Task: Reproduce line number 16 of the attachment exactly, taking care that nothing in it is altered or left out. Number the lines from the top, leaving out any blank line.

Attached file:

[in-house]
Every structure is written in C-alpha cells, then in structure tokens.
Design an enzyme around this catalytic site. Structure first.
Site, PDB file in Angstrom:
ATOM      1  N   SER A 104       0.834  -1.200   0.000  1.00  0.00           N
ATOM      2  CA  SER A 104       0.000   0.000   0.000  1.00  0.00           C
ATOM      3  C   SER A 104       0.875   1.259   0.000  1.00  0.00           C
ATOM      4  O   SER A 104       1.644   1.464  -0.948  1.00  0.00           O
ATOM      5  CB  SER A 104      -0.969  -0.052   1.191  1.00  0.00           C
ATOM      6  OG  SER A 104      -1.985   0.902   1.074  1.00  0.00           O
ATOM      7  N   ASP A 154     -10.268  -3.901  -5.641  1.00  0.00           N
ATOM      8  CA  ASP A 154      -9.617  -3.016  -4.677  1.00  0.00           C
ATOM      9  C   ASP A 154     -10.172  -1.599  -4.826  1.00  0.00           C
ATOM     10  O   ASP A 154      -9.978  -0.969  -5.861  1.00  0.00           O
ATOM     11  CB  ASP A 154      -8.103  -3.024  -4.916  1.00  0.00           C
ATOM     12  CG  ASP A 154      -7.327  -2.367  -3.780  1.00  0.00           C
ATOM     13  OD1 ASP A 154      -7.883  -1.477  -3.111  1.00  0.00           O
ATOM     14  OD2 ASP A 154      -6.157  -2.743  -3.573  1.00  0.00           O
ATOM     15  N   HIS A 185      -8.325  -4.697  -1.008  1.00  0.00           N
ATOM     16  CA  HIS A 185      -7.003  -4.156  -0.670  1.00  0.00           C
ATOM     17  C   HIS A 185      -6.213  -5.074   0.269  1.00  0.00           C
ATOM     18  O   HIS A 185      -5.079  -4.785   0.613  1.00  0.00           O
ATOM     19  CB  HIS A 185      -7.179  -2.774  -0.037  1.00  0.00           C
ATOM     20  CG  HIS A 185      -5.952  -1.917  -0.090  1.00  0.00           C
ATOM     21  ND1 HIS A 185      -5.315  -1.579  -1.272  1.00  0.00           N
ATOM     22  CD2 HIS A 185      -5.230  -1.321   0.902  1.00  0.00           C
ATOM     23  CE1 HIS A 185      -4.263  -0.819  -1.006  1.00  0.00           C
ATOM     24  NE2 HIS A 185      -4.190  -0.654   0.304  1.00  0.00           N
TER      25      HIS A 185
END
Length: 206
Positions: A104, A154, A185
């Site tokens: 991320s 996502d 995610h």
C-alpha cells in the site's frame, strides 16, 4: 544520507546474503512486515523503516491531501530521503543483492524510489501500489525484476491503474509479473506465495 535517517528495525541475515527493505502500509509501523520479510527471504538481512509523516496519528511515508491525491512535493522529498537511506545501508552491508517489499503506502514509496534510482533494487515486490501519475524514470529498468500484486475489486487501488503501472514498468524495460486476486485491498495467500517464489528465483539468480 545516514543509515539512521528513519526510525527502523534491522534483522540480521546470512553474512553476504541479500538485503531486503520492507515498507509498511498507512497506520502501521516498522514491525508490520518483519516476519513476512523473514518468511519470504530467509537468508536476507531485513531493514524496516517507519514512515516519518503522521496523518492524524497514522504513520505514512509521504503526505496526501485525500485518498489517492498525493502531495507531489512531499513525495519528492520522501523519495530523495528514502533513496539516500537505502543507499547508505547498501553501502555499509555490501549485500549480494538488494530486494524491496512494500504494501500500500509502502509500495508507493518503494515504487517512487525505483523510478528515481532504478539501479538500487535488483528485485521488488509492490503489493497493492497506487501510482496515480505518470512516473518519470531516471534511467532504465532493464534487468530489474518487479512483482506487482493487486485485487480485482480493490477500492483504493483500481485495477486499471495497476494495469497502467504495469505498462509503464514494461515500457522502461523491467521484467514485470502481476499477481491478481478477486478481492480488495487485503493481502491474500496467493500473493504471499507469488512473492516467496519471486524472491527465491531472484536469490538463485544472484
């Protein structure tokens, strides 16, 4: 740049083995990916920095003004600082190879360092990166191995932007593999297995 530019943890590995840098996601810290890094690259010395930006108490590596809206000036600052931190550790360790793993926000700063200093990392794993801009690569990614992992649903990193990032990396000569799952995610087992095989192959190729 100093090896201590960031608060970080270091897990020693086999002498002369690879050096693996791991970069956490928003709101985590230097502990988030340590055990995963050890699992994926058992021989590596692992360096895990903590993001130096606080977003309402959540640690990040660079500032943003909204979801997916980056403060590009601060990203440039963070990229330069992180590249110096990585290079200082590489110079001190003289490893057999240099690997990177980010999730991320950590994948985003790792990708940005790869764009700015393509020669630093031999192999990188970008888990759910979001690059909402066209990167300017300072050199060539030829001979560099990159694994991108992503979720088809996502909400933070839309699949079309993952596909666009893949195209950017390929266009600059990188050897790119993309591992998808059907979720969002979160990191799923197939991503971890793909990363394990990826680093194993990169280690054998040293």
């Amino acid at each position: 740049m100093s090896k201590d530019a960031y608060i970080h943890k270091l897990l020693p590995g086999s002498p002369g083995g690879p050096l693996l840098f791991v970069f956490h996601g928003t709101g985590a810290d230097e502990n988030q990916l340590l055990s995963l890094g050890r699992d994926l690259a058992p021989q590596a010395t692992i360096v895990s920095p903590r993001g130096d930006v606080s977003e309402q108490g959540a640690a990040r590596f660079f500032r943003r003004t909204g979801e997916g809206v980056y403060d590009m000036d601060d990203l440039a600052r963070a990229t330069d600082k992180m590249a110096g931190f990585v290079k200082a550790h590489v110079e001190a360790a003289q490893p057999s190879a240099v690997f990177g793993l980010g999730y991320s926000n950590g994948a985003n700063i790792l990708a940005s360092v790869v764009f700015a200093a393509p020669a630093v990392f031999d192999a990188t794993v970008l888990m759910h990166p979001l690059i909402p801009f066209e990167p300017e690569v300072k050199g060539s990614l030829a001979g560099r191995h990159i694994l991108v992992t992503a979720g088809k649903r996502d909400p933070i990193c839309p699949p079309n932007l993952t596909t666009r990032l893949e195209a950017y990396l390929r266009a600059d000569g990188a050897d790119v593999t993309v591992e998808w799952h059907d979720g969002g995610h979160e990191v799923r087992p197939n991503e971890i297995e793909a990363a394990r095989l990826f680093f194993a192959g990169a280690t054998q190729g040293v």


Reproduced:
ATOM     12  CG  ASP A 154      -7.327  -2.367  -3.780  1.00  0.00           C